Facebook may decide if you will get an interview call

Research from a global security software company discovered that more than 90 per cent of human resources professionals search for unprotected social media profiles in order to assess a candidate's suitability.

What employers find online has huge implications on a job seeker's chance of even getting an interview, BusinessNewsDaily reported.

The study was based on surveys of 230 human resources professionals in the US and UK, and 4,400 job seekers between the ages of 18 and 25.

Researchers found that job candidates who display inebriated photos on their social media profiles reduce their chances of securing an interview by 84 per cent, while 90 per cent of human resources managers considered nude photos a reason to not set up an interview.

Other actions seen on social media that can cost job candidate an employment opportunity include evidence of obnoxious behaviour, negative or derogatory comments about a previous employer or extremist views about topics such as race.

Overall, nearly 50 per cent of the hiring managers surveyed have turned down a job applicant because of their online profile.

Tony Anscombe, the ambassador of free products for AVG Technologies, said the Internet, and social networks in particular, have changed the way that human resources professionals approach the recruitment process.

"Nowadays, online content posted about, or by a candidate, has become the modern-day equivalent of a first interview," Anscombe said.

It's not just Facebook that hiring managers are searching to find out about prospective candidates. The research shows other sites they turn to include Google, LinkedIn, Twitter, Instagram and Flickr.

  

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Business Standard

Facebook may decide if you will get an interview call

Press Trust of India  |  New York 



Research from a global security software company discovered that more than 90 per cent of human resources professionals search for unprotected social media profiles in order to assess a candidate's suitability.

What employers find online has huge implications on a job seeker's chance of even getting an interview, BusinessNewsDaily reported.

The study was based on surveys of 230 human resources professionals in the US and UK, and 4,400 job seekers between the ages of 18 and 25.

Researchers found that job candidates who display inebriated photos on their social media profiles reduce their chances of securing an interview by 84 per cent, while 90 per cent of human resources managers considered nude photos a reason to not set up an interview.

Other actions seen on social media that can cost job candidate an employment opportunity include evidence of obnoxious behaviour, negative or derogatory comments about a previous employer or extremist views about topics such as race.

Overall, nearly 50 per cent of the hiring managers surveyed have turned down a job applicant because of their online profile.

Tony Anscombe, the ambassador of free products for AVG Technologies, said the Internet, and social networks in particular, have changed the way that human resources professionals approach the recruitment process.

"Nowadays, online content posted about, or by a candidate, has become the modern-day equivalent of a first interview," Anscombe said.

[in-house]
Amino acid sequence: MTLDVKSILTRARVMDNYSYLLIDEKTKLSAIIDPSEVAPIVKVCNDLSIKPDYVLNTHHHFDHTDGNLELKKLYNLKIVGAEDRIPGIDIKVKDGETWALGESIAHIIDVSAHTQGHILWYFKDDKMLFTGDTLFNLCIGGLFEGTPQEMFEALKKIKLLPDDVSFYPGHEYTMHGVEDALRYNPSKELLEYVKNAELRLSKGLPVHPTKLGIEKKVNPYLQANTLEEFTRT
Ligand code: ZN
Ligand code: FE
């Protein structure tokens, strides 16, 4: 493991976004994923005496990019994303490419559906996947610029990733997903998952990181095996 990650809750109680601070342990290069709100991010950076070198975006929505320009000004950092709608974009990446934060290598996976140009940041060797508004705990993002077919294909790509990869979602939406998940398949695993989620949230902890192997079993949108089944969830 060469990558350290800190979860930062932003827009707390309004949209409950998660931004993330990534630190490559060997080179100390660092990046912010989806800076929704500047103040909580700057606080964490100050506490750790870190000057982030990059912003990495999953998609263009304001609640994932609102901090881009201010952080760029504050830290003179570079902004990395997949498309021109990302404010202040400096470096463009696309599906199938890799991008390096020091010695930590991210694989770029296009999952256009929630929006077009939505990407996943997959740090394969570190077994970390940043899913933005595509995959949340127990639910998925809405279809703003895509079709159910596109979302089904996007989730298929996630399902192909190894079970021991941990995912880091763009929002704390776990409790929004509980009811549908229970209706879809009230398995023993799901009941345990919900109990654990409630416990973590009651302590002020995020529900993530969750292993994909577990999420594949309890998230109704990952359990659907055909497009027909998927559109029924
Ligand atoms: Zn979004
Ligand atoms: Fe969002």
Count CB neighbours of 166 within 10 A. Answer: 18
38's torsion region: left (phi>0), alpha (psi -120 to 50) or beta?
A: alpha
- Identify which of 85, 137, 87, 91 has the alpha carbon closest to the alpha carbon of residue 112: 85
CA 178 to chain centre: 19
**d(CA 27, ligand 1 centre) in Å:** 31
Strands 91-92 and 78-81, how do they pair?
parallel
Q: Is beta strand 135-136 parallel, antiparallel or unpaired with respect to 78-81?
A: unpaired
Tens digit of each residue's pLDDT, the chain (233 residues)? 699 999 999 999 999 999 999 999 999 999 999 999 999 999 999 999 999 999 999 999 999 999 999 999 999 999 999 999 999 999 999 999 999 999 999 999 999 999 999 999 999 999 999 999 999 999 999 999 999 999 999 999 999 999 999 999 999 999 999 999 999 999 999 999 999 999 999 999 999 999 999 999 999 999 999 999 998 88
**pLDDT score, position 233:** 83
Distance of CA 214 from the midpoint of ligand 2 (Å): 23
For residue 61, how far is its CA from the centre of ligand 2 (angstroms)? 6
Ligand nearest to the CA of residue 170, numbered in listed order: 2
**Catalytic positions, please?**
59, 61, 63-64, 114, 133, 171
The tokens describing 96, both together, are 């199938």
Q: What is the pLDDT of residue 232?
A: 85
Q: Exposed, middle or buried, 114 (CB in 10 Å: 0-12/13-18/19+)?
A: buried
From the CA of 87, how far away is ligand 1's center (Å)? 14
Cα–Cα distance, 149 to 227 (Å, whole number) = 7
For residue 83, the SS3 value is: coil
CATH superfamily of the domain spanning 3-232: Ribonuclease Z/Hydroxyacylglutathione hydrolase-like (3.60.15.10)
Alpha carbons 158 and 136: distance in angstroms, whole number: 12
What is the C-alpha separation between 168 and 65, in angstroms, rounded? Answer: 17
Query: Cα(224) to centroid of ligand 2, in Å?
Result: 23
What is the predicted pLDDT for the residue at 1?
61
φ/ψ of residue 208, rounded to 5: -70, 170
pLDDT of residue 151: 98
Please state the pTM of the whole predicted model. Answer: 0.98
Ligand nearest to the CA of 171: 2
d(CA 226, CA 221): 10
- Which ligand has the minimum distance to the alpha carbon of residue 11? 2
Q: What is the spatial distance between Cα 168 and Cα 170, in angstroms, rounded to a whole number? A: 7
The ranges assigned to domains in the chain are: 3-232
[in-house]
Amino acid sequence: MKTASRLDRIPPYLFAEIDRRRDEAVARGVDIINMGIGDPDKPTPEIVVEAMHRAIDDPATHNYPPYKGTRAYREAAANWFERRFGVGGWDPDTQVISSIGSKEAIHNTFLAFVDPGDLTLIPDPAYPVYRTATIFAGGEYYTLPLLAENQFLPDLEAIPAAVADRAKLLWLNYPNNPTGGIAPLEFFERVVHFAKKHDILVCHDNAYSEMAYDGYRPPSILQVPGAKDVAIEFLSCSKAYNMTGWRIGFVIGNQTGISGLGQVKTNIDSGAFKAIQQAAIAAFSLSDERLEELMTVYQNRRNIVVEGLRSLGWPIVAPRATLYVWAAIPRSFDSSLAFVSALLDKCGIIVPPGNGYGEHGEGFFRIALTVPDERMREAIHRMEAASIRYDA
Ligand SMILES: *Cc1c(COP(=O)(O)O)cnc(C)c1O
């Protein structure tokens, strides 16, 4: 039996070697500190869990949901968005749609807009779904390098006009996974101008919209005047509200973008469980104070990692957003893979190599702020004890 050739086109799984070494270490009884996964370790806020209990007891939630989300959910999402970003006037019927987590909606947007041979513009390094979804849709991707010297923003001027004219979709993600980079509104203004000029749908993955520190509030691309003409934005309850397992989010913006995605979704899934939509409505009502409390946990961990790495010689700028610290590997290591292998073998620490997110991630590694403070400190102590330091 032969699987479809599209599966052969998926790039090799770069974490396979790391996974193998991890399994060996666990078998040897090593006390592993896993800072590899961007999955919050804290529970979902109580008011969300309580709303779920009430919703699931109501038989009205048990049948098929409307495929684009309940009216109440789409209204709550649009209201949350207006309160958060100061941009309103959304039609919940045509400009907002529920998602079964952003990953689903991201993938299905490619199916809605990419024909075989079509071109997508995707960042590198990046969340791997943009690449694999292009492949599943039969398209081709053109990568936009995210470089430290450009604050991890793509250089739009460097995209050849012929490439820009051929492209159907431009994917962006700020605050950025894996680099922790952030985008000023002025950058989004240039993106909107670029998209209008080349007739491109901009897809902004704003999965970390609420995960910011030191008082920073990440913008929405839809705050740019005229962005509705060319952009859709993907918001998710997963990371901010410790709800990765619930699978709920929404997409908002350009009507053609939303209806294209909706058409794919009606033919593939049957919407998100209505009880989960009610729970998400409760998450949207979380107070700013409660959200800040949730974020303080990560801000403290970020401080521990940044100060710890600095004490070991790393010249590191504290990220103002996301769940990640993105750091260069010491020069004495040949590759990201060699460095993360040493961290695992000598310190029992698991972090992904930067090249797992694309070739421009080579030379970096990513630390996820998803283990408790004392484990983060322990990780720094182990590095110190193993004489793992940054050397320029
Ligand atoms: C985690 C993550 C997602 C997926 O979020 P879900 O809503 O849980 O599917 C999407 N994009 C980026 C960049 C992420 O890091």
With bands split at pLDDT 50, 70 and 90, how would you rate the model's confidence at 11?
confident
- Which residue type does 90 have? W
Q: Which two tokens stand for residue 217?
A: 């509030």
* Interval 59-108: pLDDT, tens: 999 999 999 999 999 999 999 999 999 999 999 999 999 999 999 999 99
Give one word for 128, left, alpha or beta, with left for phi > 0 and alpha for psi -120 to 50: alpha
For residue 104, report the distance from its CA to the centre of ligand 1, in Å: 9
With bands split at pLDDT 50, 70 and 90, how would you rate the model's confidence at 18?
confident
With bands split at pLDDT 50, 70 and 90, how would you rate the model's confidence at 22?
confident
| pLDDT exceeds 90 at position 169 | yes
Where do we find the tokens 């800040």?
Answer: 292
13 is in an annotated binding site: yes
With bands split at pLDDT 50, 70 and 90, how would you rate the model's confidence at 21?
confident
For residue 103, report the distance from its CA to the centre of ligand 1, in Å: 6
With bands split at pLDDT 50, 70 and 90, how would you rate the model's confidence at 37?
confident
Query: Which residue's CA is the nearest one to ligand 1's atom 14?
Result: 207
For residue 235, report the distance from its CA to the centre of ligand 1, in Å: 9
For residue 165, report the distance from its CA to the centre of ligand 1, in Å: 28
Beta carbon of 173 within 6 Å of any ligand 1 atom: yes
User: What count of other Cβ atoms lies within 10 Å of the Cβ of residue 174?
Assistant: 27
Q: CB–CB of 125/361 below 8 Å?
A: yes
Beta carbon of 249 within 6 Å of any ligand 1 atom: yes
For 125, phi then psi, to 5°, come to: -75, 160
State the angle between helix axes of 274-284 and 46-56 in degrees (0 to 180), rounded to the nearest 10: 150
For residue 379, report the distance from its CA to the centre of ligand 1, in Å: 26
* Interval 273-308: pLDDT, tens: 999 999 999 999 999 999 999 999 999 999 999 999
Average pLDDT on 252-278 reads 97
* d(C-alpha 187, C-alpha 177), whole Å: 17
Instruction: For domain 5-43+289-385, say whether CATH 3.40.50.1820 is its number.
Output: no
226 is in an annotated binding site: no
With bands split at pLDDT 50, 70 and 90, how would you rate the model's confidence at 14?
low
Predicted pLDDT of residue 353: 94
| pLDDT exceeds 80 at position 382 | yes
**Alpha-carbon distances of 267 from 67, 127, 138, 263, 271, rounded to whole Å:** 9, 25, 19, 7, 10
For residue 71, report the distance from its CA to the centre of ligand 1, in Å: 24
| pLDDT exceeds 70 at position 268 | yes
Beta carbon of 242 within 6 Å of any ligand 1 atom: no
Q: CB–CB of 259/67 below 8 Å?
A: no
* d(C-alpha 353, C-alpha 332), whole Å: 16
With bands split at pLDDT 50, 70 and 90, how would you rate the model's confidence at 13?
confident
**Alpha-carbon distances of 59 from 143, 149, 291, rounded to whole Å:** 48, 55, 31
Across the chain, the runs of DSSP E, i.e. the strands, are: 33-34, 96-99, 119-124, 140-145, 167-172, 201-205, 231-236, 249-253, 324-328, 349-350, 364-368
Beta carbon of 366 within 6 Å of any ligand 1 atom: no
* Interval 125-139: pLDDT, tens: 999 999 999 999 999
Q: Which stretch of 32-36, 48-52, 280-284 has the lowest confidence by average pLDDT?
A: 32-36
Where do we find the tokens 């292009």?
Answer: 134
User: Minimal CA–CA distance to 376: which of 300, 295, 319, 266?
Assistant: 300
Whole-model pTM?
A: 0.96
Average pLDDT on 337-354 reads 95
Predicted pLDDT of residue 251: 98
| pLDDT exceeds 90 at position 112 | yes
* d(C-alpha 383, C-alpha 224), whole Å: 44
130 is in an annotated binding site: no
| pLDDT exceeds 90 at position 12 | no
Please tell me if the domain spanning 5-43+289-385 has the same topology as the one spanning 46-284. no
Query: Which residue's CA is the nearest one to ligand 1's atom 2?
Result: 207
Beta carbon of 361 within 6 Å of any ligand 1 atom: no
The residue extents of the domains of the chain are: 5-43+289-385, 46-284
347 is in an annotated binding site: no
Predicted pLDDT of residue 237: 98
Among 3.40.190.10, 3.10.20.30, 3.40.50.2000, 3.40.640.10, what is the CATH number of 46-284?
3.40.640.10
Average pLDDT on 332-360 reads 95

It's not just Facebook that hiring managers are searching to find out about prospective candidates. The research shows other sites they turn to include Google, LinkedIn, Twitter, Instagram and Flickr.

  

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Facebook may decide if you will get an interview call

Employers turn to social media sites like Facebook when deciding whether to even call a job candidate for an interview, according to a new study.

Research from a global security software company discovered that more than 90 per cent of human resources professionals search for unprotected social media profiles in order to assess a candidate's suitability.

What employers find online has huge implications on a job seeker's chance of even getting an interview, BusinessNewsDaily reported.

The study was based on surveys of 230 human resources professionals in the US and UK, and 4,400 job seekers between the ages of 18 and 25.

Researchers found that job candidates who display inebriated photos on their social media profiles reduce their chances of securing an interview by 84 per cent, while 90 per cent of human resources managers considered nude photos a reason to not set up an interview.

Other actions seen on social media that can cost job candidate an employment opportunity include evidence of obnoxious behaviour, negative or derogatory comments about a previous employer or extremist views about topics such as race.

Overall, nearly 50 per cent of the hiring managers surveyed have turned down a job applicant because of their online profile.

Tony Anscombe, the ambassador of free products for AVG Technologies, said the Internet, and social networks in particular, have changed the way that human resources professionals approach the recruitment process.

"Nowadays, online content posted about, or by a candidate, has become the modern-day equivalent of a first interview," Anscombe said.

It's not just Facebook that hiring managers are searching to find out about prospective candidates. The research shows other sites they turn to include Google, LinkedIn, Twitter, Instagram and Flickr.

  
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